North Korea conducts third nuclear test; condemned worldwide



North Korea conducts third nuclear test; condemned worldwide Zeenews Bureau

Seoul: In an audacious move by North Korea that is set to draw international concerns and flak, Pyongyang on Tuesday declared that it had successfully carried out the third nuclear test involving a miniaturised nuclear device.

North Korea added that the test was carried out in a "safe and perfect manner" at a northeastern nuke site.

North Korea's official state media said the test is aimed at coping with "outrageous" US hostility that "violently" undermines the North's peaceful, sovereign right to launch satellites.

The nuke test by Pyongyang is third since 2006, when the North had conducted its first ever nuclear test.

The second nuke test came in May 2009.

The move has drawn condemnation from around the world with the UN dubbing the test as "deplorable" and a "clear and grave violation" of the Security Council resolutions.

"It is deplorable that Pyongyang defied the strong and unequivocal call from the international community to refrain from any further provocative measures," said a UN statement issued by the Spokesperson for Secretary-General Ban Ki-moon.

US President Barack Obama , too, has come down heavily upon North, saying that the "provocative" nuclear test did not make North Korea more secure, quoted the BBC.

Obama further said that the US would remain vigilant and steadfast in its defence commitments to its allies in Asia. He also called for "swift" and "credible" international action in response.

North's neighbour South Korea also condemned the nuclear test,saying "North Korea will not be able to avoid being held accountable for (the test)".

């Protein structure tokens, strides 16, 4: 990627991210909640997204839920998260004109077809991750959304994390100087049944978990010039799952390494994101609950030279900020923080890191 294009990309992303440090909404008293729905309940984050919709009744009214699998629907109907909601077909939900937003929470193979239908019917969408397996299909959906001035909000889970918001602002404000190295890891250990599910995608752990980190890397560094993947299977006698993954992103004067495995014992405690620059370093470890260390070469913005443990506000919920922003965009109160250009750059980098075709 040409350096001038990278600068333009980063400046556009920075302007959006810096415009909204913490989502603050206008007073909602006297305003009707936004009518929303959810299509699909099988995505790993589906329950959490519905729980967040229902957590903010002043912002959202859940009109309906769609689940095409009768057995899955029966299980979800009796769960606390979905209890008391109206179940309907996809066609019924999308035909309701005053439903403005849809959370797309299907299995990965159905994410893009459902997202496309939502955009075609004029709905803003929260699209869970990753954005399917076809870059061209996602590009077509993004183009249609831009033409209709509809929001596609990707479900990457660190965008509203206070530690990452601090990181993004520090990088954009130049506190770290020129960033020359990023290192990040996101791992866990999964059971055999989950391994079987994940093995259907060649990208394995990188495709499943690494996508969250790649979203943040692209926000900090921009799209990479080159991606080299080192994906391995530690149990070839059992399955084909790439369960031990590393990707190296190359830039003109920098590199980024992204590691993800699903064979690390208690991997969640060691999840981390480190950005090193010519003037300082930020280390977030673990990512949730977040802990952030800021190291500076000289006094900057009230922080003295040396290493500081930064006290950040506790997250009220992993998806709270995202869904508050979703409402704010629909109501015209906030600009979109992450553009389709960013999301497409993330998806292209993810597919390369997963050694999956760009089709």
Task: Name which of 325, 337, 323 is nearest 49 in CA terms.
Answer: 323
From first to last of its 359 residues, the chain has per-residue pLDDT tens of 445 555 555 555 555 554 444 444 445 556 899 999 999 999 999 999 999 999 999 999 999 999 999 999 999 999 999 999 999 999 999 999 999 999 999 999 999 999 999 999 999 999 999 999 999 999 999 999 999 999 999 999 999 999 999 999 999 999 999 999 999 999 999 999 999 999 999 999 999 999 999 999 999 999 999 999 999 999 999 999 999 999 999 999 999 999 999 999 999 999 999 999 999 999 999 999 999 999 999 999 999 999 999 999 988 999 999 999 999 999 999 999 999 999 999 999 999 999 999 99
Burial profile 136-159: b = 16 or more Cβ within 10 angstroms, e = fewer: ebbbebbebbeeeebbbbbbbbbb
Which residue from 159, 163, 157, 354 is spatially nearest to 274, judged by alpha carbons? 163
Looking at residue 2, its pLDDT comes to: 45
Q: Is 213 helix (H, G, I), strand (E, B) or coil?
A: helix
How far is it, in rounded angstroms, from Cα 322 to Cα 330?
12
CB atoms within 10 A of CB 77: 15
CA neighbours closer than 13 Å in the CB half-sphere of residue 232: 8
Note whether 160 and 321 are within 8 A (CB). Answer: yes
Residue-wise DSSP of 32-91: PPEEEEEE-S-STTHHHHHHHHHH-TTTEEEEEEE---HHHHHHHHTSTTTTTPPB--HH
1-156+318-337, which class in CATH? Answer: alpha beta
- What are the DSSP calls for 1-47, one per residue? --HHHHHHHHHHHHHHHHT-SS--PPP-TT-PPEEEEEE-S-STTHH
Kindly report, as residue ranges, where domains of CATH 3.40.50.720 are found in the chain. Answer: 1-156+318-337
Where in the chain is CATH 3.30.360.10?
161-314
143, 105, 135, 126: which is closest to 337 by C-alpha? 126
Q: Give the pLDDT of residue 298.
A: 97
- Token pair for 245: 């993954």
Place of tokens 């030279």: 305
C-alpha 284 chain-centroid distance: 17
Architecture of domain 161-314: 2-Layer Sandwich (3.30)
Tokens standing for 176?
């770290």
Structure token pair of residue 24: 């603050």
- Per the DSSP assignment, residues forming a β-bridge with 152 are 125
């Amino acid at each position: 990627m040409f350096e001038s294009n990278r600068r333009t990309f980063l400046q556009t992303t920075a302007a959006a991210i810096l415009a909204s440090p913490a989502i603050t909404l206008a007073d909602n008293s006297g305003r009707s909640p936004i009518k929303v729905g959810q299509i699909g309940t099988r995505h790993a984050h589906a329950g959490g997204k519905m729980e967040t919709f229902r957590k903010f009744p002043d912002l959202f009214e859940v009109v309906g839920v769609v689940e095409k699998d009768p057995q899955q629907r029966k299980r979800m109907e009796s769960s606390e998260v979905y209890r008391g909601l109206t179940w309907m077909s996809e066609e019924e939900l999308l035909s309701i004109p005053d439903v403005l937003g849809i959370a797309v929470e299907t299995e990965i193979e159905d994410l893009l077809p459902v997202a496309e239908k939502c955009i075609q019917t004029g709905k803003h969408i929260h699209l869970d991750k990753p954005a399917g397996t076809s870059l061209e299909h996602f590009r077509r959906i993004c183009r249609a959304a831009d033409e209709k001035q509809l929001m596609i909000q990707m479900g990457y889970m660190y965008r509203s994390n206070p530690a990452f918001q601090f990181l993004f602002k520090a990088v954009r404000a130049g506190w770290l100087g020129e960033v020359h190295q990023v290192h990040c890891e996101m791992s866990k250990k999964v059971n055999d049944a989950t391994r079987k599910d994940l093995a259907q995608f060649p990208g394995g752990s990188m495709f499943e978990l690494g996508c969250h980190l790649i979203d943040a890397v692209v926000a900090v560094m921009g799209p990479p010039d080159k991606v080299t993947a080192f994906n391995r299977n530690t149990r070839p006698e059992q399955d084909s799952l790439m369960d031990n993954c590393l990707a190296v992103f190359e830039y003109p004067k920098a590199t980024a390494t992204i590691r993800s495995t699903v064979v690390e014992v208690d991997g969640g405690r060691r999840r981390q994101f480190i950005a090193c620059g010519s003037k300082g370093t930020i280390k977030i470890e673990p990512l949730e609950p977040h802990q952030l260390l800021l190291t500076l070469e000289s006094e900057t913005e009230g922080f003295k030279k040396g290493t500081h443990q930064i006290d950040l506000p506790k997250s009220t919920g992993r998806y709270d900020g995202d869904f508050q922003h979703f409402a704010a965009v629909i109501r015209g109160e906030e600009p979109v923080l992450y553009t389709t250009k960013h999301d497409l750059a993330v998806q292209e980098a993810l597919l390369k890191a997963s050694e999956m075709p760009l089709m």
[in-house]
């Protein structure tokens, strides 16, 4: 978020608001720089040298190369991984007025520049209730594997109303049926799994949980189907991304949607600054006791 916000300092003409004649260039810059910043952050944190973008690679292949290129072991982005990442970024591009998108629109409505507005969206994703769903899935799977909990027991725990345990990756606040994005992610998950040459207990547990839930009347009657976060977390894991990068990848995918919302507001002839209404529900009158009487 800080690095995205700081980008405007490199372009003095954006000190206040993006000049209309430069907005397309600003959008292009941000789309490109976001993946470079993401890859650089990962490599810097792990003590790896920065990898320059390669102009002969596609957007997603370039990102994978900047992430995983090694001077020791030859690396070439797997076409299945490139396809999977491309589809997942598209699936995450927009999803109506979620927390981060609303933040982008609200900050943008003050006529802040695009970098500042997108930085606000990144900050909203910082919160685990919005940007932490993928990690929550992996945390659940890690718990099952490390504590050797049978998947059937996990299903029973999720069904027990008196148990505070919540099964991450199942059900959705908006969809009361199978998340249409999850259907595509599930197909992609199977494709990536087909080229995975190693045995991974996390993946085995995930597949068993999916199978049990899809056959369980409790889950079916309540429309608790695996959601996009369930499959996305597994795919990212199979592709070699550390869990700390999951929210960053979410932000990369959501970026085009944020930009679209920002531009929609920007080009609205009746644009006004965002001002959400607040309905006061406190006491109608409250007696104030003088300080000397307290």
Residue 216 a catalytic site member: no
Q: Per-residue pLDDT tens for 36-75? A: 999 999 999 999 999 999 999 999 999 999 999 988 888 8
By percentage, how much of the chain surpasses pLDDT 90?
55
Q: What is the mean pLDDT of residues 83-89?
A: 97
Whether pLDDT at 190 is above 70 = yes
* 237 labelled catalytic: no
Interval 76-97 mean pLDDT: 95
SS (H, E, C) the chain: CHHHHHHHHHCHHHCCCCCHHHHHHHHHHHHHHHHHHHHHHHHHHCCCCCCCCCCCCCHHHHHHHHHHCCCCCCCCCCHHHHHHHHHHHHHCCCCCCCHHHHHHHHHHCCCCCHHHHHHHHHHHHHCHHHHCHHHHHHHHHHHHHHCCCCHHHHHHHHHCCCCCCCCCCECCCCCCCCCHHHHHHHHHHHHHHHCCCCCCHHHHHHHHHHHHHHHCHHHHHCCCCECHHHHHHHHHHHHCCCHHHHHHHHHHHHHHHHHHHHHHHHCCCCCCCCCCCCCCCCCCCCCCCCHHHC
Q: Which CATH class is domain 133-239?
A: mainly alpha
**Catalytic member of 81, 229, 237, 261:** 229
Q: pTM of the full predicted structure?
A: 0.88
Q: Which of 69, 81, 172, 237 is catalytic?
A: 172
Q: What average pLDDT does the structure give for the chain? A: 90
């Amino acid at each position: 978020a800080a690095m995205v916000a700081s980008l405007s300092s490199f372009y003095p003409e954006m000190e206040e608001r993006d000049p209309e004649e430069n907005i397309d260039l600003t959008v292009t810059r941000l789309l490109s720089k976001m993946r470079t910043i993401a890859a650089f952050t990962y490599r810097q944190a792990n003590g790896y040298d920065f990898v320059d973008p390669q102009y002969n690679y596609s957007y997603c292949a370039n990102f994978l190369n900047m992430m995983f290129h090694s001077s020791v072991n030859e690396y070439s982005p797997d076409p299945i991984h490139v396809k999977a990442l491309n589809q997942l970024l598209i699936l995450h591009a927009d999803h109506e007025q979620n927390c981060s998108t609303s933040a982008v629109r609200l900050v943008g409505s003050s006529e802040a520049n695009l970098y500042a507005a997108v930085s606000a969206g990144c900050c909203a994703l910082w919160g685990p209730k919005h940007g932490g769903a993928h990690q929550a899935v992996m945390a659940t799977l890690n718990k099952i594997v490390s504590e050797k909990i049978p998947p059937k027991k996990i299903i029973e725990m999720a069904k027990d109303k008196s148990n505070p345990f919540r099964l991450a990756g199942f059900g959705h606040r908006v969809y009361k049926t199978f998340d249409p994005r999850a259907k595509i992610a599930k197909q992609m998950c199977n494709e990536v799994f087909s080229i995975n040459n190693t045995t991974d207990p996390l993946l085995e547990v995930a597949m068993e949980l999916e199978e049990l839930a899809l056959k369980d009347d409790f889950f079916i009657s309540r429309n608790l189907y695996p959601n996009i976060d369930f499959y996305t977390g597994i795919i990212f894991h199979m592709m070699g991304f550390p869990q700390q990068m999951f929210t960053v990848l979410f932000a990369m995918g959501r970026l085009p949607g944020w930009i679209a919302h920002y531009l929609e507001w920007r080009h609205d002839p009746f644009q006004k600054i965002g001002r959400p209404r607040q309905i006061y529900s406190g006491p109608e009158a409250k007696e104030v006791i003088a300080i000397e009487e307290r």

After the test, South Korea immediately heightened the military alert level to deter potential cross-border provocations following the North Korean test.

What sparked the nuke test fears was a tremor of magnitude 4.9 detected by the US Geological Survey in North Korea at a nuke site.

North Korea took three hours after the detection of the seismic activity to confirm that the quake was due to the nuclear test conducted there.

The earthquake was detected in North Korea's Kilju county, North Hamkyung province, where a nuclear test site is located, said a news agency Yonhap.

South Korea's defense ministry estimates the power of the blast at 6-7 Kiloton.

A South Korean Defence Ministry spokesman told reporters that the North had earlier informed China and the United States of its plans to conduct a nuclear test.

The North said it used a "lighter, miniaturized atomic bomb" that still has more explosive force than past tests. North Korea is estimated to have enough weaponized plutonium for four to eight bombs, according to American nuclear scientist Siegfried Hecker. However, it is not known whether North Korean scientists have found a way to miniaturize warheads.

Experts say regular tests are needed to perfect North Korea's goal of building nuclear warheads small enough to be placed on long-range missiles.

This nuclear test would be seen as another big step toward North Korea's goal of building a warhead that can be mounted on a missile.

It would also be a bold signal from young leader Kim Jong Un, who took power in December 2011 following the death of his father, Kim Jong Il.

The nuke test would also come as a challenge to the UN Security Council, which recently punished Pyongyang for launching a long-range rocket seen as a covert test of ballistic missile technology.

The United States and its allies have been on edge since North Korea said last month it will conduct its third nuclear test to protest toughened sanctions over a December rocket launch that the UN called a cover for a banned missile test.

North Korea's powerful National Defense Commission said Jan 23 that the United States was its prime target for a nuclear test and long-range rocket launches. North Korea accuses Washington of leading the push to punish Pyongyang for its December rocket launch.

Earlier North Korea has carried out nuclear tests twice, in October 2006 and May 2009.

With Agency Inputs